Wiggly versus dotty narrative analysis
We are watching a complex illusion show, and our perception is not reality
I didn’t stay up to watch the speech last night from Mar-a-Lago. My sense is that it has implicitly set up the formal announcement of the Second American Republic, and the bankruptcy and abolition of USA Inc. It is too early to state all these things plainly to all, but that time will come. The “white hats” are constructing their own illusion show that takes the hypnotic deceit of the “black hats” and converges it with reality, but at the same time sets up all kinds of traps for the enemy. Our desire is for a simple and smooth function that journeys from dark to light, but that’s not how the world works.
In this little video I draw parallels to my former world of mathematics, and “wiggly” versus “dotty” functions. “Wiggly” functions can be “integrated” (i.e. “area under the curve”) with what is called Riemann integration, whereas “dotty” ones (and indeed all functions) can be analysed using Lebesgue integration. The former is taught at high school, whereas the latter is strictly for university level students. When I look at the commentary of many people on geopolitics, I see their desire for simple continuous “wiggly” narratives, when we live in a “dotty” kind of world. As such, they find it difficult to make meaningful sense of what is happening.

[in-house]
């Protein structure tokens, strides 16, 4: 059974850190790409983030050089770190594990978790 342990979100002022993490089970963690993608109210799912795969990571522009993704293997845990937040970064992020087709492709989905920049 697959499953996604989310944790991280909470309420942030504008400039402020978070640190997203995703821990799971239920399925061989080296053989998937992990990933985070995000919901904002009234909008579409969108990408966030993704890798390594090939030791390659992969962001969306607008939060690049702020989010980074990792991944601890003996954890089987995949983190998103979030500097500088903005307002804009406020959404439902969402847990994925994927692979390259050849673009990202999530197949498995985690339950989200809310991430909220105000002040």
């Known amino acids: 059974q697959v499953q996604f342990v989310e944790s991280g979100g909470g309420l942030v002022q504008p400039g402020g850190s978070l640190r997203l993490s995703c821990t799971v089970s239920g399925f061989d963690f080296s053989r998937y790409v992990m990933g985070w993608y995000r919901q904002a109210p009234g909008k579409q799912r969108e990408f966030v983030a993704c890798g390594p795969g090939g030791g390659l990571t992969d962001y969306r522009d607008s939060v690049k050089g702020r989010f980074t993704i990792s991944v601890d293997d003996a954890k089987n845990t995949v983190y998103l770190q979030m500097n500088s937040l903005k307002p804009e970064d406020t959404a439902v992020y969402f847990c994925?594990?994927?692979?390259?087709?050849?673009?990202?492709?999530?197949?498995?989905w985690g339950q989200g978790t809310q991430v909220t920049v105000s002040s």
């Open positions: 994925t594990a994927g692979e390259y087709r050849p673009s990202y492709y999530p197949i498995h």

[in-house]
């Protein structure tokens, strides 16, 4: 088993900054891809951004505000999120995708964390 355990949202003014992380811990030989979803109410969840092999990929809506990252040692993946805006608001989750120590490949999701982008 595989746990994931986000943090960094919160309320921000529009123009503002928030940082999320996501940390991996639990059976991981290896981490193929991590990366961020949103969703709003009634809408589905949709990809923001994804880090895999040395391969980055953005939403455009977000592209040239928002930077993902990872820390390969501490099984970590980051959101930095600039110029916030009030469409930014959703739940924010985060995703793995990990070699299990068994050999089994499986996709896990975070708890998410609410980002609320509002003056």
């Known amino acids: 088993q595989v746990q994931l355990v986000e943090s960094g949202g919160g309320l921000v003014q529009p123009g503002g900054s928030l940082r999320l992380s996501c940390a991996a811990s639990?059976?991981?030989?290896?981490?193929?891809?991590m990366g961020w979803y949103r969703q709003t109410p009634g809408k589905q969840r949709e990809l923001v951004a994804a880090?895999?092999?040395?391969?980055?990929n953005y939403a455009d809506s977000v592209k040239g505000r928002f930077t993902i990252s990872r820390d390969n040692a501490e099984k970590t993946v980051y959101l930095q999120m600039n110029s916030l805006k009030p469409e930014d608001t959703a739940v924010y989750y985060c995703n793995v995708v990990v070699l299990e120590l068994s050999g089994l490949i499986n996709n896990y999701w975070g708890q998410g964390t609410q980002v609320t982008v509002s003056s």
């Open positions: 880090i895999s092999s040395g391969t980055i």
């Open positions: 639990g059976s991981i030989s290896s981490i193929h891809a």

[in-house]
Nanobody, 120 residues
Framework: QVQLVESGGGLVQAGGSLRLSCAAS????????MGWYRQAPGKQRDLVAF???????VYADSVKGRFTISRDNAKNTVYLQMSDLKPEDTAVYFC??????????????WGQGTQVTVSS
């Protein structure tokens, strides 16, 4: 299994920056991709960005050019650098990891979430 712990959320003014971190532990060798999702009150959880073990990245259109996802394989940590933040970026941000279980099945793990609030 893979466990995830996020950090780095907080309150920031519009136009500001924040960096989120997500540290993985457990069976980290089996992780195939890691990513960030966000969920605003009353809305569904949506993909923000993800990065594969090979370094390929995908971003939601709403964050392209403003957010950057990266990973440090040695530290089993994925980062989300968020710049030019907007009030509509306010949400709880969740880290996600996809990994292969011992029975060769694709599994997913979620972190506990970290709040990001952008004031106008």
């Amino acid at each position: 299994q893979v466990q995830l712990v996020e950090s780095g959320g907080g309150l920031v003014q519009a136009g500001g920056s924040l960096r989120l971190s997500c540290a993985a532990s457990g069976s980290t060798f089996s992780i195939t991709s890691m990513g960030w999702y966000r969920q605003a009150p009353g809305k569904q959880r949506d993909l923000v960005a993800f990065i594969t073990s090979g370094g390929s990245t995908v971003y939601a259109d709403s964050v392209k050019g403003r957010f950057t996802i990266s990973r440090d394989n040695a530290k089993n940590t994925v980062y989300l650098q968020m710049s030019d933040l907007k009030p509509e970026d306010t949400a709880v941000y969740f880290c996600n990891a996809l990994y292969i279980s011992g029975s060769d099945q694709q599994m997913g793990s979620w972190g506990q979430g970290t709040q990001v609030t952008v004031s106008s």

A Trump speech can be seen through a more cybernetic lens. All kinds of timelines are unfolding, there are decisions to be made by both sides, and probability functions of all the paths through possible futures. What is said affects all those possible outcomes. How you or I make sense of the speech is only one small part of its full impact. The military planners are optimising to the final goals, and little fragments of information are planted into the speech to achieve those ends. Once you frame it as a “dotty” type of functional problem in a multi-dimensional narrative space, then you are no longer constrained by needing the “ideal” outcome right away by taking the last “wiggle” to success.
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